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But Moscow's little-visited Gulag Museum tells a darker history of the Soviet Union and Josef Stalin.
MOSCOW, Russia — Twelve massive black-and-white photographs line the outer brick walls of a building in central Moscow — 12 sets of sunken cheeks and soulless eyes that stare beyond the barbed wire to visitors below.
These are, a sign says, “12 among millions” who entered the Soviet Union’s dreaded network of hard labor camps, known as the Gulag. Millions died there. Millions more were scarred for life.
As Josef Stalin, the ruthless dictator who oversaw the Gulag’s most active and arbitrary use, enjoys a revival as hero of the Russian people, this small museum devoted to victims of Soviet repression is a lonelier place than ever.
“If we don’t exhibit this material, then the view that Stalin was a good manager and great war hero will win,” said Oleg Kalmykov, the museum’s archivist.
No history is set in stone, but the rhetoric about Stalin’s role in Russia’s past and present has taken such a concerted turn toward the positive that people like Kalmykov fear the horrors he committed will be whitewashed from history.
“History is something that people think they can’t learn. But then everyone goes on their own path and ends up in the same place. That’s what happening now,” he said.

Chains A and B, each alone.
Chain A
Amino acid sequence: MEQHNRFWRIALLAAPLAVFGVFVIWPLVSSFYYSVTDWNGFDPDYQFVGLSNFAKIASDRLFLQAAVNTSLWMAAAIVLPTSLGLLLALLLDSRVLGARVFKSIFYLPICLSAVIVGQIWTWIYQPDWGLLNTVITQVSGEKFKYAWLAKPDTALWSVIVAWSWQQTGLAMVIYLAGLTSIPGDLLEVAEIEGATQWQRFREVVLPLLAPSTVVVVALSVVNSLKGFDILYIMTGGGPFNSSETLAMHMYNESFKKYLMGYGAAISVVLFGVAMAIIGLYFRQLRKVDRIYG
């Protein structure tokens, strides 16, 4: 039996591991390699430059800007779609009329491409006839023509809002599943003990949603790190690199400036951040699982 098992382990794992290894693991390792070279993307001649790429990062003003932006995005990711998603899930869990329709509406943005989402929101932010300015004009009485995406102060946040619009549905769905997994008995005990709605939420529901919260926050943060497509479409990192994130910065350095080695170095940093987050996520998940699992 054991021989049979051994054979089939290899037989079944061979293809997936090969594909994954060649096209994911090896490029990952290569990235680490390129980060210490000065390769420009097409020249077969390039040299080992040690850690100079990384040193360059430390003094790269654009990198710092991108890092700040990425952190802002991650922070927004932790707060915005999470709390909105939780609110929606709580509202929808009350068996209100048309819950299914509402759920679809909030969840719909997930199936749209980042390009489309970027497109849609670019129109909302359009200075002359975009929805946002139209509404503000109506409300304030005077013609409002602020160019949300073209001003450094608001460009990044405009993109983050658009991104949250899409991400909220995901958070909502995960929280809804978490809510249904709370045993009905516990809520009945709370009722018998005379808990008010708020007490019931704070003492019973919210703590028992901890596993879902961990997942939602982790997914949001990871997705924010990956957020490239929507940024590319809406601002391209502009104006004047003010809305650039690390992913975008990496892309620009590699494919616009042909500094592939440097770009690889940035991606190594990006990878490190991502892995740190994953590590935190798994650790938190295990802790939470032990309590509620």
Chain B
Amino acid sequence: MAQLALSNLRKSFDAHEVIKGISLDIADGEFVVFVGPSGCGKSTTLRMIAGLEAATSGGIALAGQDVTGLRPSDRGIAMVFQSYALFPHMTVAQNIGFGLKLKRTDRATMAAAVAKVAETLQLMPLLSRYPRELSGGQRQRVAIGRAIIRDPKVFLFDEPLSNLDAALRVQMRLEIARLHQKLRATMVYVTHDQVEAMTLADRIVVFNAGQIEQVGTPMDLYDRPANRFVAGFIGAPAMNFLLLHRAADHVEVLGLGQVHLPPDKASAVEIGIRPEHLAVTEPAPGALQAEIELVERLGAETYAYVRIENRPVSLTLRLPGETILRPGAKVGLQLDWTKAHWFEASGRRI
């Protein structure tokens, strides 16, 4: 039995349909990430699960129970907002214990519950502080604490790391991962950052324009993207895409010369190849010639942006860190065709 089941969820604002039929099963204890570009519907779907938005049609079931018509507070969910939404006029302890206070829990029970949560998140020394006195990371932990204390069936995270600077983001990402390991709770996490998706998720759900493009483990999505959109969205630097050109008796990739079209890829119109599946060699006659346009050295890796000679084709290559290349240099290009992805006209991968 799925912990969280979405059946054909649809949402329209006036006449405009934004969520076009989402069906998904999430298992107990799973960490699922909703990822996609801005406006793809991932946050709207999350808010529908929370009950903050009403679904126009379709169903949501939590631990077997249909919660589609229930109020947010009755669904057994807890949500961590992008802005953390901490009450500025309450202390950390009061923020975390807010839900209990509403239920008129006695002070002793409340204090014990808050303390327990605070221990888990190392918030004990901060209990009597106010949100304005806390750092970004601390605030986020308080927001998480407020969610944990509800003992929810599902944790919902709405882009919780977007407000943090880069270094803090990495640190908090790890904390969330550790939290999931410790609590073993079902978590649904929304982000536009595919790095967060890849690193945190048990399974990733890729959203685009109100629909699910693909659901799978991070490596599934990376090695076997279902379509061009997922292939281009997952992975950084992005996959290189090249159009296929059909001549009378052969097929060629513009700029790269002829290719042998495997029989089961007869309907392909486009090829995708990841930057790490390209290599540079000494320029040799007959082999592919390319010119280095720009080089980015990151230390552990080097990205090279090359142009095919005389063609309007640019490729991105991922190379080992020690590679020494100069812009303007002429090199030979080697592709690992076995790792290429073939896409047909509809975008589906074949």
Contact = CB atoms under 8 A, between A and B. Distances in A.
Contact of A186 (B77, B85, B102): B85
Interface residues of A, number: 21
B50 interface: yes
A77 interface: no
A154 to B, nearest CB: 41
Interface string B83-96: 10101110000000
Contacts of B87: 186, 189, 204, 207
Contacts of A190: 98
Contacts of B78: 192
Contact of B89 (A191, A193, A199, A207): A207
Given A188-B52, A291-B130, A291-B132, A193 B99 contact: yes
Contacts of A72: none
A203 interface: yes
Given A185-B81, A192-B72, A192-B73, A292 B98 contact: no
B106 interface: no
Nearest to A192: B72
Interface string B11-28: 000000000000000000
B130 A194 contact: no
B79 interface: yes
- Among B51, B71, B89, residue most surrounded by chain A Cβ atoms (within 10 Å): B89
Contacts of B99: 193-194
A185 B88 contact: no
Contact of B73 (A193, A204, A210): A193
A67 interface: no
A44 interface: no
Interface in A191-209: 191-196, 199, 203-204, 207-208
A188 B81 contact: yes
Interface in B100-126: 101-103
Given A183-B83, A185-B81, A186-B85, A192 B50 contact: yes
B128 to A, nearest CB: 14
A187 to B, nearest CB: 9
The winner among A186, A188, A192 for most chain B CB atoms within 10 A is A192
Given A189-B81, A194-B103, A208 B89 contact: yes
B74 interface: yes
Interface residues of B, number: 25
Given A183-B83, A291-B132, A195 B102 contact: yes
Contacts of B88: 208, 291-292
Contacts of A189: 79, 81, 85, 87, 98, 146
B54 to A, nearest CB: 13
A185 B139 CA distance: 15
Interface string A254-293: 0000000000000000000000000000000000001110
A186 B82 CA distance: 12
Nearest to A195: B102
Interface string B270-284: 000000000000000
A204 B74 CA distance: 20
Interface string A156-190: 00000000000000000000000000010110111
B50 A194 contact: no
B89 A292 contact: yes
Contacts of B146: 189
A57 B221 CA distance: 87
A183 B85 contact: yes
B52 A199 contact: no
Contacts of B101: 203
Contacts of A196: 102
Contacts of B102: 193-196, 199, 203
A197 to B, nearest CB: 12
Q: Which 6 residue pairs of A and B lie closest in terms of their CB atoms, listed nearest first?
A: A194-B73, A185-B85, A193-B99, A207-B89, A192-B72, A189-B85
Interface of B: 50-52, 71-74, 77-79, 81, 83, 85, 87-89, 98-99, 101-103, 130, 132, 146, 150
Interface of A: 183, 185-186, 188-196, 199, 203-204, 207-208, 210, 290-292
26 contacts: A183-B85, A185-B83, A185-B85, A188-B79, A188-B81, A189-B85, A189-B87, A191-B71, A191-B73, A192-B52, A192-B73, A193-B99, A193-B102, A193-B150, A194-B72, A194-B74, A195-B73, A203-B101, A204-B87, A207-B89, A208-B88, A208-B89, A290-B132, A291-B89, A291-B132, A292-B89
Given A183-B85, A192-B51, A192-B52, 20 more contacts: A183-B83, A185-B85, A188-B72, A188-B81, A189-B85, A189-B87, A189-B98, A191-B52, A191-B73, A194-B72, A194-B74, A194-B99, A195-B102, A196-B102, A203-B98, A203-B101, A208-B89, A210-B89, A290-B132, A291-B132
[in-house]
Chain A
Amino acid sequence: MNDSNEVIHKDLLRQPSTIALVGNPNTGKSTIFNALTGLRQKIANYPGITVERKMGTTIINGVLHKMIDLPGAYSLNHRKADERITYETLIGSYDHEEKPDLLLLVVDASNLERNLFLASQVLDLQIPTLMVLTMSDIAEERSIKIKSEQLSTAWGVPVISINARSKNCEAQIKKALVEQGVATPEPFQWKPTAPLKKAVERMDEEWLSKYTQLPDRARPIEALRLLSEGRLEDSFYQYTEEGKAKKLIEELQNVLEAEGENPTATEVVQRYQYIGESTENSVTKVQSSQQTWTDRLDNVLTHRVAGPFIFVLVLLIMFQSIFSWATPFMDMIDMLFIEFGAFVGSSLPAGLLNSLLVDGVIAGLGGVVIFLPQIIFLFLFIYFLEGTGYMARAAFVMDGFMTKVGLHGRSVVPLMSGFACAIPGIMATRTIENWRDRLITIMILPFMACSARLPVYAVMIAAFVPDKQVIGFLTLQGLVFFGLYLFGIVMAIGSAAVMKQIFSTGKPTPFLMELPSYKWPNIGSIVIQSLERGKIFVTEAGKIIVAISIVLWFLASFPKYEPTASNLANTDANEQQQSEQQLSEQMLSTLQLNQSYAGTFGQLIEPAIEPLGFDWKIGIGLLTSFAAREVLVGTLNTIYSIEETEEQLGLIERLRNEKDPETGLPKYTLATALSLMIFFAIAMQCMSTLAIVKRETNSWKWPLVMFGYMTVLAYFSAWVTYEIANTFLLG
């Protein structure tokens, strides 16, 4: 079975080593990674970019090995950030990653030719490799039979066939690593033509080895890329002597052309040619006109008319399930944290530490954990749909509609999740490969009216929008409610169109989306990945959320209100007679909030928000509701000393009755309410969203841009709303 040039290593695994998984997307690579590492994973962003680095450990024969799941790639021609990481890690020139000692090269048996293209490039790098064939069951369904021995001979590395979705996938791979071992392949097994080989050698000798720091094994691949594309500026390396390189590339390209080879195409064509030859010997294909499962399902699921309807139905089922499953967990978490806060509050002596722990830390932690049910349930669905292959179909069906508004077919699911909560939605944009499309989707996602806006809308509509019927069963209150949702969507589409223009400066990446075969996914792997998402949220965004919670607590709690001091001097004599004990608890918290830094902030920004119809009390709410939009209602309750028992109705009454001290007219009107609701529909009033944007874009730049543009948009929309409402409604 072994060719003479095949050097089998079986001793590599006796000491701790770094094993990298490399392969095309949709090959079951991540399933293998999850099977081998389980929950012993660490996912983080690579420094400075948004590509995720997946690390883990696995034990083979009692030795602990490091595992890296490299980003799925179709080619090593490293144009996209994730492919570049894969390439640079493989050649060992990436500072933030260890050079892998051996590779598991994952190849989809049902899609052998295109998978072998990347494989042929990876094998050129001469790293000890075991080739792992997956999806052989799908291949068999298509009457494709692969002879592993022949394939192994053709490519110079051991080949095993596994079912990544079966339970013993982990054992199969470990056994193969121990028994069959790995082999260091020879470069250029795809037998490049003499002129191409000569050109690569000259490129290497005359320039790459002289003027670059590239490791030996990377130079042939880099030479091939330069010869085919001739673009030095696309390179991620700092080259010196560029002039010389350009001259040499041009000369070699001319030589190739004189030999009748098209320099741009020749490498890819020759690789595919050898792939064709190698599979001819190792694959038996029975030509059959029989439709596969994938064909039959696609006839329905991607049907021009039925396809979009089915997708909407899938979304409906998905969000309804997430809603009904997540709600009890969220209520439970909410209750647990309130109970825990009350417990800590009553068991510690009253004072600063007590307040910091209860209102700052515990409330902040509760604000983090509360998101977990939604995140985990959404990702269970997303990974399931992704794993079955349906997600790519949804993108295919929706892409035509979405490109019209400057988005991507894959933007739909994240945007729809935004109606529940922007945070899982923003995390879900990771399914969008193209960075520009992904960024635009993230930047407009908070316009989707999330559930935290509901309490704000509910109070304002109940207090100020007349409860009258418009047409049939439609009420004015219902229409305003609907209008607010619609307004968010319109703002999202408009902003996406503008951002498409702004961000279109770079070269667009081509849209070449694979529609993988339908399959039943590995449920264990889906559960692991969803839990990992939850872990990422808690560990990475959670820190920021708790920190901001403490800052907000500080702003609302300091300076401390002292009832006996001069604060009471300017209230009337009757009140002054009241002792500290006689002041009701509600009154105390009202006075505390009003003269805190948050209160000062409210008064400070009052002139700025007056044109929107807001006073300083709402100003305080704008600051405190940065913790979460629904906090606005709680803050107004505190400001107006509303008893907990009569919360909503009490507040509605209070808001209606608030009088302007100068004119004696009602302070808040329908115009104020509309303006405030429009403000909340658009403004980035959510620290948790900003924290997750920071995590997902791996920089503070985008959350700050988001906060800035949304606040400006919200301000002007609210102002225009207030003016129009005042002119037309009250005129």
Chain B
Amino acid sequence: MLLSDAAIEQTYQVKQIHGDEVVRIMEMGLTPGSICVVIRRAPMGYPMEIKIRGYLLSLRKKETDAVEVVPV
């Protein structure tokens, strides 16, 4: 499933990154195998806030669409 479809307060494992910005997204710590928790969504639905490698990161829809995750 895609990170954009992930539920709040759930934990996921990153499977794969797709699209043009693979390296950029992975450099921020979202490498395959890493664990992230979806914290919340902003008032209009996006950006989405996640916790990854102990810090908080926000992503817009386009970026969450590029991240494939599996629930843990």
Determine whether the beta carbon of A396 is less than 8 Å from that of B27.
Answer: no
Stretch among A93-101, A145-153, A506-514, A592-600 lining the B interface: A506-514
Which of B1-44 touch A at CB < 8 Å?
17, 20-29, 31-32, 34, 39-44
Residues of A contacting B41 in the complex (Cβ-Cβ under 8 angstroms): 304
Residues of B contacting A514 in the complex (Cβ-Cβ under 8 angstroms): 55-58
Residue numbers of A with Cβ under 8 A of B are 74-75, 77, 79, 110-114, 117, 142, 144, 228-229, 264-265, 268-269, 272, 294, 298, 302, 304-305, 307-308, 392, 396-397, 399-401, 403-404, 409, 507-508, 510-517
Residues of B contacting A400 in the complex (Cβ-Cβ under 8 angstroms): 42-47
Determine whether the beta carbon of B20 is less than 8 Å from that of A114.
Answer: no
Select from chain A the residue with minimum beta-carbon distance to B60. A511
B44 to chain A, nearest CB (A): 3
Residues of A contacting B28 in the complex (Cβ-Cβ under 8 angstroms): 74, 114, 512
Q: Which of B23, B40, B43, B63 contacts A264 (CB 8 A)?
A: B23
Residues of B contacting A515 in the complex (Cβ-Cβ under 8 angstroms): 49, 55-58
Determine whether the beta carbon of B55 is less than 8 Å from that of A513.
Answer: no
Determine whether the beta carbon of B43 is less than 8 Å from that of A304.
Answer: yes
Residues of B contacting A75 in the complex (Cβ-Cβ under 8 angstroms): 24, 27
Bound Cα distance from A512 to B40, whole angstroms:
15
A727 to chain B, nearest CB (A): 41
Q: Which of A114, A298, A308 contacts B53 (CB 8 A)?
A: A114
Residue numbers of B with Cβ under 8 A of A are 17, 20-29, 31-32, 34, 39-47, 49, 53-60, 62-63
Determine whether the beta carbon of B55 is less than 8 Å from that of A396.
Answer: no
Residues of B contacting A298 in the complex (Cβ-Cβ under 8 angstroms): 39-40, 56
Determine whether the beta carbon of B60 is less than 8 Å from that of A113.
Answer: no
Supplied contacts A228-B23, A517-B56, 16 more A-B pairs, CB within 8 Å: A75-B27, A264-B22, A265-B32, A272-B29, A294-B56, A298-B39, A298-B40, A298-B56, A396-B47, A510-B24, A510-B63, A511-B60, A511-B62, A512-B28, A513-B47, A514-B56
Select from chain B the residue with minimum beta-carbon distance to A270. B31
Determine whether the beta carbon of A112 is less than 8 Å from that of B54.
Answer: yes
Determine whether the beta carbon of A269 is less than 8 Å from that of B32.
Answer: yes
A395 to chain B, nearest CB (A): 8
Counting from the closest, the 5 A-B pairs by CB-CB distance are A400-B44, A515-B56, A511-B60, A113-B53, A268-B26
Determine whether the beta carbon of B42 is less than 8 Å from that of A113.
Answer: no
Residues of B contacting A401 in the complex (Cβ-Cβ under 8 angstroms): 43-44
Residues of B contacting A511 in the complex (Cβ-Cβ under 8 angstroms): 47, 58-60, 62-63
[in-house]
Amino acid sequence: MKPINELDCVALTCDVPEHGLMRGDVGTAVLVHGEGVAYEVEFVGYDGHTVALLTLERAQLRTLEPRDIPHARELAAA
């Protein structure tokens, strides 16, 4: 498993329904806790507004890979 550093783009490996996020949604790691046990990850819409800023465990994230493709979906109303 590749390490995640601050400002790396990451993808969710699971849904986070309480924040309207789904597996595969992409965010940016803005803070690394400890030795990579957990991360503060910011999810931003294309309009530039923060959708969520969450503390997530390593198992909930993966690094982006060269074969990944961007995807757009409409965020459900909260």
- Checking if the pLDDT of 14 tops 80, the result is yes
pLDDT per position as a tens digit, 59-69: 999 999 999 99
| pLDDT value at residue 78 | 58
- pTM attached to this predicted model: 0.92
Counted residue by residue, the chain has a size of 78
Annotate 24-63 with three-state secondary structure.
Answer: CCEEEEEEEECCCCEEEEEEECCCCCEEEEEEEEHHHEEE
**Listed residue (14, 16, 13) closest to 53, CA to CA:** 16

Outside Russia, the legacy of Stalin, who ruled as a dictator from the 1920s until his death in 1953, is pretty clear. Killing millions of his own people landed him in the pantheon of the world’s worst dictators, alongside Hitler and Pol Pot. His name conjures images of domestic terror, nighttime arrests and a megalomaniacal paranoia that prompted fatal campaigns against perceived enemies.
Inside Russia, the story is more complicated. He was, according to a school textbook adopted last year and endorsed by Prime Minister Vladimir Putin, a “competent manager” who committed atrocities at home out of necessity. Earlier this year, Stalin nearly won a nationwide call-in poll asking people to vote for the person who best represents Russia.
Stalin's grandson, Yevgeny Dzhugashvili, is fighting the claim that Stalin was directly involved in the Gulag deaths. He has launched a libel suit against Novaya Gazeta, Russia’s leading opposition newspaper, seeking more than $300,000 in damages for saying that Stalin had personally signed execution orders, according to declassified documents.
And last month, in an audacious move, the Moscow metro opened a refurbished station bearing a massive inscription glorifying the dictator. “Stalin raised us to be loyal to the nation, inspired us to labor and great deeds," reads the saying, which adorned the original station but was removed after Stalin’s death in 1953.
It would be tough to dream up a more apt symbol for Stalin’s rebirth.
For the most part, average Russians approve.
“I think it’s great,” said Raisa Zheleznyak, 67, standing in the metro’s gilded hall. “We lived during those times and the Soviets gave us everything — education, culture. And it was all thanks to him,” she said, pointing at Stalin’s name.